Epididymitis and Orchitis

Epididymitis and orchitis are characterized by acute inflammation Inflammation Inflammation is a complex set of responses to infection and injury involving leukocytes as the principal cellular mediators in the body's defense against pathogenic organisms. Inflammation is also seen as a response to tissue injury in the process of wound healing. The 5 cardinal signs of inflammation are pain, heat, redness, swelling, and loss of function. Inflammation of the epididymis and the testicle, respectively, due to viral or bacterial infections. Patients typically present with gradually worsening testicular pain Pain Pain has accompanied humans since they first existed, first lamented as the curse of existence and later understood as an adaptive mechanism that ensures survival. Pain is the most common symptomatic complaint and the main reason why people seek medical care. Physiology of Pain and scrotal swelling along with systemic symptoms such as fever Fever Fever is defined as a measured body temperature of at least 38°C (100.4°F). Fever is caused by circulating endogenous and/or exogenous pyrogens that increase levels of prostaglandin E2 in the hypothalamus. Fever is commonly associated with chills, rigors, sweating, and flushing of the skin. Fever, depending on severity. Patients with concomitant sexually transmitted diseases (STDs) may present with lower urinary tract Urinary tract The urinary tract is located in the abdomen and pelvis and consists of the kidneys, ureters, urinary bladder, and urethra. The structures permit the excretion of urine from the body. Urine flows from the kidneys through the ureters to the urinary bladder and out through the urethra. Urinary Tract symptoms. Diagnosis is based on clinical findings and urinalysis with culture. Scrotal ultrasound may show increased blood flow Flow Blood flows through the heart, arteries, capillaries, and veins in a closed, continuous circuit. Flow is the movement of volume per unit of time. Flow is affected by the pressure gradient and the resistance fluid encounters between 2 points. Vascular resistance is the opposition to flow, which is caused primarily by blood friction against vessel walls. Vascular Resistance, Flow, and Mean Arterial Pressure to the affected epididymis or testicle. Treatment is with empiric gram-negative coverage antibiotics and culture-directed therapy. Supportive care includes scrotal support and non-steroidal anti-inflammatory drugs.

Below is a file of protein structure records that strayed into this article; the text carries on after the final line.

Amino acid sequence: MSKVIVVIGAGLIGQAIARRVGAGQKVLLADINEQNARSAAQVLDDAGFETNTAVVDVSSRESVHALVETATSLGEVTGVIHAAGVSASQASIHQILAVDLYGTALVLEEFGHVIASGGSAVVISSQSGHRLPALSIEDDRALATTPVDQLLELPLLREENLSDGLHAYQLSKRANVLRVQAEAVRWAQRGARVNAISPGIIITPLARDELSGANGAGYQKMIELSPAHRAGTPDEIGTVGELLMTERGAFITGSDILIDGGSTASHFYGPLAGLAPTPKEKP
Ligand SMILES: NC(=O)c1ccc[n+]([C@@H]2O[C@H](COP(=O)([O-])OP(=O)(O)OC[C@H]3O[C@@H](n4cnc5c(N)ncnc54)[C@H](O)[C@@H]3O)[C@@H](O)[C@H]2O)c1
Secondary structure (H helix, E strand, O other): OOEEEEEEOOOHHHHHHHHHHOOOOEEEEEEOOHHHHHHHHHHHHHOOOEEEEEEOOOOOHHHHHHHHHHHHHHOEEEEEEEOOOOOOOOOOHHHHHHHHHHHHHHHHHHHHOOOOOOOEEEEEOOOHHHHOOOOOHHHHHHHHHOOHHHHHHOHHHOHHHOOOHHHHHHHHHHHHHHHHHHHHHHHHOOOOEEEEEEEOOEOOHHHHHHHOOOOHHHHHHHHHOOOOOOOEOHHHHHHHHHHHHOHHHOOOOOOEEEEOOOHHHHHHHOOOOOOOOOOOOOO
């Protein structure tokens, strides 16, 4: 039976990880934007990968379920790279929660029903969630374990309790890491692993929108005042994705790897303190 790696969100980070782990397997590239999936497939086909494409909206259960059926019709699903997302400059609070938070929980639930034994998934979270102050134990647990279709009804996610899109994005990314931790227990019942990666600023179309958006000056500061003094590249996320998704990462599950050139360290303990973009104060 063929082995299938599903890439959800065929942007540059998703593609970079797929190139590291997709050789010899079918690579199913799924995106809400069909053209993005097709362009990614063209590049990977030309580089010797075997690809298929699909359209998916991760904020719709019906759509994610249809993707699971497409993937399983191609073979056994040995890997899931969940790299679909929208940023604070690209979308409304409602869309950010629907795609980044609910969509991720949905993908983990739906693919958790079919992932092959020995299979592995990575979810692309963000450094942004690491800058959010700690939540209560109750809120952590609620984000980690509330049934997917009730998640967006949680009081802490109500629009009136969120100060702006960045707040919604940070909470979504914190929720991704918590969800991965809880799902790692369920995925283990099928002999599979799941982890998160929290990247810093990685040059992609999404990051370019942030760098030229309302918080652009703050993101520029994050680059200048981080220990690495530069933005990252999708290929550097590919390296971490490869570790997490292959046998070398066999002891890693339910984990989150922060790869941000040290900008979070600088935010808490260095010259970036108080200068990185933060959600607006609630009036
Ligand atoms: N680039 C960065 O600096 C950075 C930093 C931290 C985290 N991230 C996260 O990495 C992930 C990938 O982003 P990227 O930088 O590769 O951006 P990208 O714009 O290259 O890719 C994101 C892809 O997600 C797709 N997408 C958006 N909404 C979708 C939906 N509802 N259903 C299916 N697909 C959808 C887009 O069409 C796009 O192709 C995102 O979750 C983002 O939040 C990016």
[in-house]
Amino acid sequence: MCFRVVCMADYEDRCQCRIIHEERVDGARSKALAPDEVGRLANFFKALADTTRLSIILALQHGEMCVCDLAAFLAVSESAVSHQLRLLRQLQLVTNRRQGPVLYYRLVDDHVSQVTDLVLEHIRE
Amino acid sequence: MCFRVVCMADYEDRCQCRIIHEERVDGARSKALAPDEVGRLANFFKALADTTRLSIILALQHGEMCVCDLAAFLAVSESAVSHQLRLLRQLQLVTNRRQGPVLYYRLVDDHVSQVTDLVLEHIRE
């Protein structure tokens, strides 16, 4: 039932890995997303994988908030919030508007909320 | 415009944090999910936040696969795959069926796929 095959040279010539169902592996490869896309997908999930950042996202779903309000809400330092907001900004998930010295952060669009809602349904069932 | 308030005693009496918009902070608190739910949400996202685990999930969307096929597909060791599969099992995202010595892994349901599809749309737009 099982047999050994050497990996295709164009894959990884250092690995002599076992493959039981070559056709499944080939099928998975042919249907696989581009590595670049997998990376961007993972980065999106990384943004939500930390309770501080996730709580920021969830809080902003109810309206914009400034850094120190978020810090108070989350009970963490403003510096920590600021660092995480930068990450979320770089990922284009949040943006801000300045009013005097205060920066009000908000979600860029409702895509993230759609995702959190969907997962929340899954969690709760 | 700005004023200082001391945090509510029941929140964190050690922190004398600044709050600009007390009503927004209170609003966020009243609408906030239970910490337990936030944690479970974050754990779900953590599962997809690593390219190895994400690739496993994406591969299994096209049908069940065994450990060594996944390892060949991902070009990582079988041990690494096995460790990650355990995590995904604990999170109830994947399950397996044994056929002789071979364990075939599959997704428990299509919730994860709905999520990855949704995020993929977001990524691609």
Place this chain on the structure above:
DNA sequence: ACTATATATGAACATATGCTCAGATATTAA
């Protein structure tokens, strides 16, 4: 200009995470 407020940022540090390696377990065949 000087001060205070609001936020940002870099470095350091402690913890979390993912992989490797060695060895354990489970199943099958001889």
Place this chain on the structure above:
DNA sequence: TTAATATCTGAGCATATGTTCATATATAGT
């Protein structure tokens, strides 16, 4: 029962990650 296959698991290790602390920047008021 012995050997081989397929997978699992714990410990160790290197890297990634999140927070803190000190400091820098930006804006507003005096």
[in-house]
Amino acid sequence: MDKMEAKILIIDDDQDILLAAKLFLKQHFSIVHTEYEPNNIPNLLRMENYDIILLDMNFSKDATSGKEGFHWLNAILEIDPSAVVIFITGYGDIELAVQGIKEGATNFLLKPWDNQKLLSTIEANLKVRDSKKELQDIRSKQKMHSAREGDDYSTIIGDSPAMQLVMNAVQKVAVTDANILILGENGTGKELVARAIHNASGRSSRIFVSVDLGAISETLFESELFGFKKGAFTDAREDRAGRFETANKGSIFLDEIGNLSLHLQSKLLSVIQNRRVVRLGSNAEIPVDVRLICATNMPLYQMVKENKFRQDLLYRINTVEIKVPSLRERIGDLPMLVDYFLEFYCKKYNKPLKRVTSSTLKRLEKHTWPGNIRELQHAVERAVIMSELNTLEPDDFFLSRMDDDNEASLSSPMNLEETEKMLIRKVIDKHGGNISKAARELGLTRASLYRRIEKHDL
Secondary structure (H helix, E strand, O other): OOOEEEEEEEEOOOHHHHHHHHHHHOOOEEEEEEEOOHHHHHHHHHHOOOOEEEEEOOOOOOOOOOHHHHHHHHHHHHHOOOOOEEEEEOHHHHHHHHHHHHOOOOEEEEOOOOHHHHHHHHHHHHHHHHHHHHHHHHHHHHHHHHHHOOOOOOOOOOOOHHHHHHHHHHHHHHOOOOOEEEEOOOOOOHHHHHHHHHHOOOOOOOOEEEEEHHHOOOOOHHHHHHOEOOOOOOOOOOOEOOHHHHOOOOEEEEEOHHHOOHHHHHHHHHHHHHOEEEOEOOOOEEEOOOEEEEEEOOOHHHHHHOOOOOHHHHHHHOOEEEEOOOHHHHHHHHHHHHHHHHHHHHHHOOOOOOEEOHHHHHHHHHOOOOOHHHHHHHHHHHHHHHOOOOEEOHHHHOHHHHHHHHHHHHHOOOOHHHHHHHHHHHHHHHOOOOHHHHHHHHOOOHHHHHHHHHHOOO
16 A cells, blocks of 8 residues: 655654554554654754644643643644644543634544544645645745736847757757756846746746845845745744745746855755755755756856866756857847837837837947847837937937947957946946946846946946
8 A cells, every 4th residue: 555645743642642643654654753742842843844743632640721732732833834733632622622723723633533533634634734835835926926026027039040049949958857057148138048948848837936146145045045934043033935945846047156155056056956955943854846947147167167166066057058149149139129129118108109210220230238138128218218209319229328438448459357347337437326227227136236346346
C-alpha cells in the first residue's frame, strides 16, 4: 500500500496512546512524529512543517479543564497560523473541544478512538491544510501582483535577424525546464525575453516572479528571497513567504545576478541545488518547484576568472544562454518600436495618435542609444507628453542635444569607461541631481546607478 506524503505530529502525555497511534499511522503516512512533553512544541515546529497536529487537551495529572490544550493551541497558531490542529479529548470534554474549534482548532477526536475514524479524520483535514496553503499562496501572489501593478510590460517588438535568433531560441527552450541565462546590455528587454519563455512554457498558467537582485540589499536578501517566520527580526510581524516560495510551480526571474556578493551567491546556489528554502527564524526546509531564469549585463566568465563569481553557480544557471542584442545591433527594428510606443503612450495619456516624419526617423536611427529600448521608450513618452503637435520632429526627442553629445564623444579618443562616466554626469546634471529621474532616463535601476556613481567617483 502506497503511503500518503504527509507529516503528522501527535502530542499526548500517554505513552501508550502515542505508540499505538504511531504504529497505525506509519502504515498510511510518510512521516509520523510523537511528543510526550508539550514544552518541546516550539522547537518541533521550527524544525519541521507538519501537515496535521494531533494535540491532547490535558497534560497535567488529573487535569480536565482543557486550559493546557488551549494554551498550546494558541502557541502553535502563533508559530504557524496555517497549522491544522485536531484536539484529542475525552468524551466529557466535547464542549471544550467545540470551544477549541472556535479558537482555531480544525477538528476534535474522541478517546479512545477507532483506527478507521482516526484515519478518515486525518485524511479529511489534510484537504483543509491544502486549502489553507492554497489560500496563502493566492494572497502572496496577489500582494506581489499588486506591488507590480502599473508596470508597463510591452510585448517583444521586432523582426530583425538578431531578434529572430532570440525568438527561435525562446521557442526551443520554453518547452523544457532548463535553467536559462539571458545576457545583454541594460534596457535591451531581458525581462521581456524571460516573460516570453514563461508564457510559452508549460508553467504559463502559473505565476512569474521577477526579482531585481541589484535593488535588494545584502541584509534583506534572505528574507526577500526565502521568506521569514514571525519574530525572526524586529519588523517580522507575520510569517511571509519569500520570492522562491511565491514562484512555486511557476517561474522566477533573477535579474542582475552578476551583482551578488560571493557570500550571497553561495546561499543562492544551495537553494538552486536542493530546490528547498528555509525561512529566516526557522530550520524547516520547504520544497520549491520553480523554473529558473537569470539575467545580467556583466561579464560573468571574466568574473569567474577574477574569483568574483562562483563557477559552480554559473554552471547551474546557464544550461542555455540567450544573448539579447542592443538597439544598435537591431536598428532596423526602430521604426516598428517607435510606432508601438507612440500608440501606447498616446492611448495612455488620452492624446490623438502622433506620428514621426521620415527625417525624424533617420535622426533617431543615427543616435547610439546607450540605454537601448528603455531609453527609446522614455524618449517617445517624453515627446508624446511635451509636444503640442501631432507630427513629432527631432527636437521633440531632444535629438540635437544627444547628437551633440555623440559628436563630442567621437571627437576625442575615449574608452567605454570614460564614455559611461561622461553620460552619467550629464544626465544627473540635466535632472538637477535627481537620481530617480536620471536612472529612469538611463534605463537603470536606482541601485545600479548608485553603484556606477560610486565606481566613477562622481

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Editorial responsibility: Stanley Oiseth, Lindsay Jones, Evelin Maza

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Overview

Definitions

  • Epididymitis: acute inflammation Inflammation Inflammation is a complex set of responses to infection and injury involving leukocytes as the principal cellular mediators in the body's defense against pathogenic organisms. Inflammation is also seen as a response to tissue injury in the process of wound healing. The 5 cardinal signs of inflammation are pain, heat, redness, swelling, and loss of function. Inflammation of the epididymis due to viral or bacterial infections
  • Orchitis: acute inflammation Inflammation Inflammation is a complex set of responses to infection and injury involving leukocytes as the principal cellular mediators in the body's defense against pathogenic organisms. Inflammation is also seen as a response to tissue injury in the process of wound healing. The 5 cardinal signs of inflammation are pain, heat, redness, swelling, and loss of function. Inflammation of the testis due to viral or bacterial infections
  • Disease spectrum: Epididymitis can often progress to epididymo-orchitis if untreated.

Epidemiology and etiology